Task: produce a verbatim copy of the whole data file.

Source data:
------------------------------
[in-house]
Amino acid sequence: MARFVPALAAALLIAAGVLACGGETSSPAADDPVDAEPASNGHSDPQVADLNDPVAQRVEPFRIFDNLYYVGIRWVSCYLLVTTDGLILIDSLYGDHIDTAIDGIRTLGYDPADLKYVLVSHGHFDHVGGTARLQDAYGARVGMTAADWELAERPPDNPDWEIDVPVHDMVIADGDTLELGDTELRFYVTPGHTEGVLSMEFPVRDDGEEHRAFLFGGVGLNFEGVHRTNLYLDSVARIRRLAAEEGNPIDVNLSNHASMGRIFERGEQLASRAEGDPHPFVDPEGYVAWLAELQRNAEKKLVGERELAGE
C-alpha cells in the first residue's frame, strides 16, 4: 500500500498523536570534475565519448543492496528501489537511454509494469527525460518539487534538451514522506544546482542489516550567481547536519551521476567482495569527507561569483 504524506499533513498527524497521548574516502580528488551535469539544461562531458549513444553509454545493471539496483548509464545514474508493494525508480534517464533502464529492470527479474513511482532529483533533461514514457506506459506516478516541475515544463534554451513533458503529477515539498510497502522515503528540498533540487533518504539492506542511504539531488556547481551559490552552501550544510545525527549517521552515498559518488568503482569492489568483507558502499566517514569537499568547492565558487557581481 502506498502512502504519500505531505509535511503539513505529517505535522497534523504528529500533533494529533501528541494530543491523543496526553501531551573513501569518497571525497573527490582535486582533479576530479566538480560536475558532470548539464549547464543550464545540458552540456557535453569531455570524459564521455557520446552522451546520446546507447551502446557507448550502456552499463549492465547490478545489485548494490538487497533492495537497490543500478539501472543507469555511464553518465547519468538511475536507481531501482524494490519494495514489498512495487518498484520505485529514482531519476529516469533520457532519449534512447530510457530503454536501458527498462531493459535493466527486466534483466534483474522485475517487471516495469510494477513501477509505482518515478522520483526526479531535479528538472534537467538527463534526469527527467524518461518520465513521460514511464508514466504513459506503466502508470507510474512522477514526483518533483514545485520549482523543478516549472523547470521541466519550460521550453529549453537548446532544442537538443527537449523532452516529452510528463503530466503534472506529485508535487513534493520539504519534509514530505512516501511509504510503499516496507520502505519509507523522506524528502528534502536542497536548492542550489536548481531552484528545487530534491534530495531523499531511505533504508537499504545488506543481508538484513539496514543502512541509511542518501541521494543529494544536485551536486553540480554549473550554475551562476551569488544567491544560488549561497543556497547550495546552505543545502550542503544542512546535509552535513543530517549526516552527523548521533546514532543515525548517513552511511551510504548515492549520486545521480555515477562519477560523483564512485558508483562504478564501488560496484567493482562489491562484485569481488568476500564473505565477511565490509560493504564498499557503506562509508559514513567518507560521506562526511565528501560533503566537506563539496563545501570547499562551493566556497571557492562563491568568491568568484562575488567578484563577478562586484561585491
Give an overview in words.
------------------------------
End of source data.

[in-house]
Amino acid sequence: MARFVPALAAALLIAAGVLACGGETSSPAADDPVDAEPASNGHSDPQVADLNDPVAQRVEPFRIFDNLYYVGIRWVSCYLLVTTDGLILIDSLYGDHIDTAIDGIRTLGYDPADLKYVLVSHGHFDHVGGTARLQDAYGARVGMTAADWELAERPPDNPDWEIDVPVHDMVIADGDTLELGDTELRFYVTPGHTEGVLSMEFPVRDDGEEHRAFLFGGVGLNFEGVHRTNLYLDSVARIRRLAAEEGNPIDVNLSNHASMGRIFERGEQLASRAEGDPHPFVDPEGYVAWLAELQRNAEKKLVGERELAGE
C-alpha cells in the first residue's frame, strides 16, 4: 500500500498523536570534475565519448543492496528501489537511454509494469527525460518539487534538451514522506544546482542489516550567481547536519551521476567482495569527507561569483 504524506499533513498527524497521548574516502580528488551535469539544461562531458549513444553509454545493471539496483548509464545514474508493494525508480534517464533502464529492470527479474513511482532529483533533461514514457506506459506516478516541475515544463534554451513533458503529477515539498510497502522515503528540498533540487533518504539492506542511504539531488556547481551559490552552501550544510545525527549517521552515498559518488568503482569492489568483507558502499566517514569537499568547492565558487557581481 502506498502512502504519500505531505509535511503539513505529517505535522497534523504528529500533533494529533501528541494530543491523543496526553501531551573513501569518497571525497573527490582535486582533479576530479566538480560536475558532470548539464549547464543550464545540458552540456557535453569531455570524459564521455557520446552522451546520446546507447551502446557507448550502456552499463549492465547490478545489485548494490538487497533492495537497490543500478539501472543507469555511464553518465547519468538511475536507481531501482524494490519494495514489498512495487518498484520505485529514482531519476529516469533520457532519449534512447530510457530503454536501458527498462531493459535493466527486466534483466534483474522485475517487471516495469510494477513501477509505482518515478522520483526526479531535479528538472534537467538527463534526469527527467524518461518520465513521460514511464508514466504513459506503466502508470507510474512522477514526483518533483514545485520549482523543478516549472523547470521541466519550460521550453529549453537548446532544442537538443527537449523532452516529452510528463503530466503534472506529485508535487513534493520539504519534509514530505512516501511509504510503499516496507520502505519509507523522506524528502528534502536542497536548492542550489536548481531552484528545487530534491534530495531523499531511505533504508537499504545488506543481508538484513539496514543502512541509511542518501541521494543529494544536485551536486553540480554549473550554475551562476551569488544567491544560488549561497543556497547550495546552505543545502550542503544542512546535509552535513543530517549526516552527523548521533546514532543515525548517513552511511551510504548515492549520486545521480555515477562519477560523483564512485558508483562504478564501488560496484567493482562489491562484485569481488568476500564473505565477511565490509560493504564498499557503506562509508559514513567518507560521506562526511565528501560533503566537506563539496563545501570547499562551493566556497571557492562563491568568491568568484562575488567578484563577478562586484561585491
Give an overview in words.